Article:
Among pressing issues left on the table: What's next in Iraq. How to restore America's reputation around the world. Whether to extend tax cuts that expire in 2010. What to do about Medicare's looming shortfall. And how to complete the job of helping the Gulf Coast recover from Hurricane Katrina.
No new president gets a clean slate — global politics and the economy don't run in neat four-year cycles — but presidential scholars say the unfinished business Bush will leave for his successor is unprecedented since at least World War II.
"I can't think of a single modern president about to bequeath to his successor such a difficult agenda and such a damaged presidency," says Paul Light of New York University.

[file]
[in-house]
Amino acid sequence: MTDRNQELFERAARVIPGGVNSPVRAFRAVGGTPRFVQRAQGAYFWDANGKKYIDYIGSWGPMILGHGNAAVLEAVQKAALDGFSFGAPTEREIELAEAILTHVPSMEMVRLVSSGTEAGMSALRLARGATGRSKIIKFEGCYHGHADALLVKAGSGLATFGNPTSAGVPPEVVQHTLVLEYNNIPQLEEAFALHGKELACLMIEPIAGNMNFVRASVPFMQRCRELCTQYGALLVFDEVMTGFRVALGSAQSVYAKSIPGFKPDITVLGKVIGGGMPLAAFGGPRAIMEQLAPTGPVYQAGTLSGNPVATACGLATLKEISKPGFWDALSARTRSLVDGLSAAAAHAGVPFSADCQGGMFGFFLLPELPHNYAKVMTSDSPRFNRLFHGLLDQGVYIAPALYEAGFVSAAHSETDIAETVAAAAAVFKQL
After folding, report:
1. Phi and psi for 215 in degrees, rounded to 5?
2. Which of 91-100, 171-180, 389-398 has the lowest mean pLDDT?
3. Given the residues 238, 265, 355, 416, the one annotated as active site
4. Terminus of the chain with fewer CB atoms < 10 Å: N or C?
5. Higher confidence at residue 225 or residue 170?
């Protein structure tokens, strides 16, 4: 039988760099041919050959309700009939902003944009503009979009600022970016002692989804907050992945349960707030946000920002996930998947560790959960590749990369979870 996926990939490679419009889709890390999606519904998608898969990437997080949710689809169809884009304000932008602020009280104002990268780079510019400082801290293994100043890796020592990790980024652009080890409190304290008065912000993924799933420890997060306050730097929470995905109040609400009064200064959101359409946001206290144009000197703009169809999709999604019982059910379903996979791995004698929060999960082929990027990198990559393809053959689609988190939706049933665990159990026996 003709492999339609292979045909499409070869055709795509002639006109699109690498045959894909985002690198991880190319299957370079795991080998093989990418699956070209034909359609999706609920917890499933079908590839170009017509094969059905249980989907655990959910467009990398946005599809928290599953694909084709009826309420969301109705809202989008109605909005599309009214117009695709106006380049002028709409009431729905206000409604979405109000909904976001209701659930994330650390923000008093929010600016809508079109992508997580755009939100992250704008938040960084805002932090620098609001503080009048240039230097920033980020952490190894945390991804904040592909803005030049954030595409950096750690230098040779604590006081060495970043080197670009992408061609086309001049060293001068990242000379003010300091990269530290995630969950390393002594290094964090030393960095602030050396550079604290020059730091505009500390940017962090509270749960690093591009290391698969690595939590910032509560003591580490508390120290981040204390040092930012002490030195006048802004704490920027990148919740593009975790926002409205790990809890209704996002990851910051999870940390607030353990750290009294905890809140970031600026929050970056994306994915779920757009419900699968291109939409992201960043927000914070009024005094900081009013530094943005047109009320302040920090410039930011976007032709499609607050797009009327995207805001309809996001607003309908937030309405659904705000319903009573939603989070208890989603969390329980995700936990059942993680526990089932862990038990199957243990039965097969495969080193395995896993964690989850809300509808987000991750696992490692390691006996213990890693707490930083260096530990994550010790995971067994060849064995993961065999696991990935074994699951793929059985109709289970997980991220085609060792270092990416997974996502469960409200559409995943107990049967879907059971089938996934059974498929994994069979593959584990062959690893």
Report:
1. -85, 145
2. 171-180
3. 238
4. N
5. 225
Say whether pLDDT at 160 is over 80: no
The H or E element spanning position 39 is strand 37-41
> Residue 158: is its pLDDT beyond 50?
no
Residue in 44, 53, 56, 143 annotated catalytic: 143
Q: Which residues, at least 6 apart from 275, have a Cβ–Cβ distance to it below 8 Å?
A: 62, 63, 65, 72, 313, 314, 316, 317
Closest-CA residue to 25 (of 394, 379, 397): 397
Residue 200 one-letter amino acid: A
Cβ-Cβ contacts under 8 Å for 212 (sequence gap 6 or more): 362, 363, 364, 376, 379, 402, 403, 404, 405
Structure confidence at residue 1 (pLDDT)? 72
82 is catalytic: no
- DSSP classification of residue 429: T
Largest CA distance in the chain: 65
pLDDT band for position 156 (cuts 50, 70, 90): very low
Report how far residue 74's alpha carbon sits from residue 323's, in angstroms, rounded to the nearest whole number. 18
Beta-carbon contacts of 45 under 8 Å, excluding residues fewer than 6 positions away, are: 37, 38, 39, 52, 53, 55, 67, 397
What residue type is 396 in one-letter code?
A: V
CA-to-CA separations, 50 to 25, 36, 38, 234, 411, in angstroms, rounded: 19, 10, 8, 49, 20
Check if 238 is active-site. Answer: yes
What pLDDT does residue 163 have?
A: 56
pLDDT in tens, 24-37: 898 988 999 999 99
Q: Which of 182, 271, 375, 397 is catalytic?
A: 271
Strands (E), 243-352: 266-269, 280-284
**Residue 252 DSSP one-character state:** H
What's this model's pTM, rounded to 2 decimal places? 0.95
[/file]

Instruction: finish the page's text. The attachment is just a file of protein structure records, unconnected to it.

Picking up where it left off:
I admit that you have to think back a full 6 years, but the man who took office in 2001 had to deal with a global conspiracy to destroy the Twin Towers, the Pentagon, and either the Capitol or the White House. It was a plot that had been developing for many years, dating back at least to the attack on US troops in Lebanon under President Reagan. And the two previous tenants of the Oval Office had done little or nothing to address the danger; one of them even forewent the opportunity to take the mastermind of the whole plot into custody.
There was also a need to deal with the coming bankruptcy of entitlement programs -- but that one is getting passed on to the next President, too.
Sounds like George Bush came into office with a lot on his plate, too.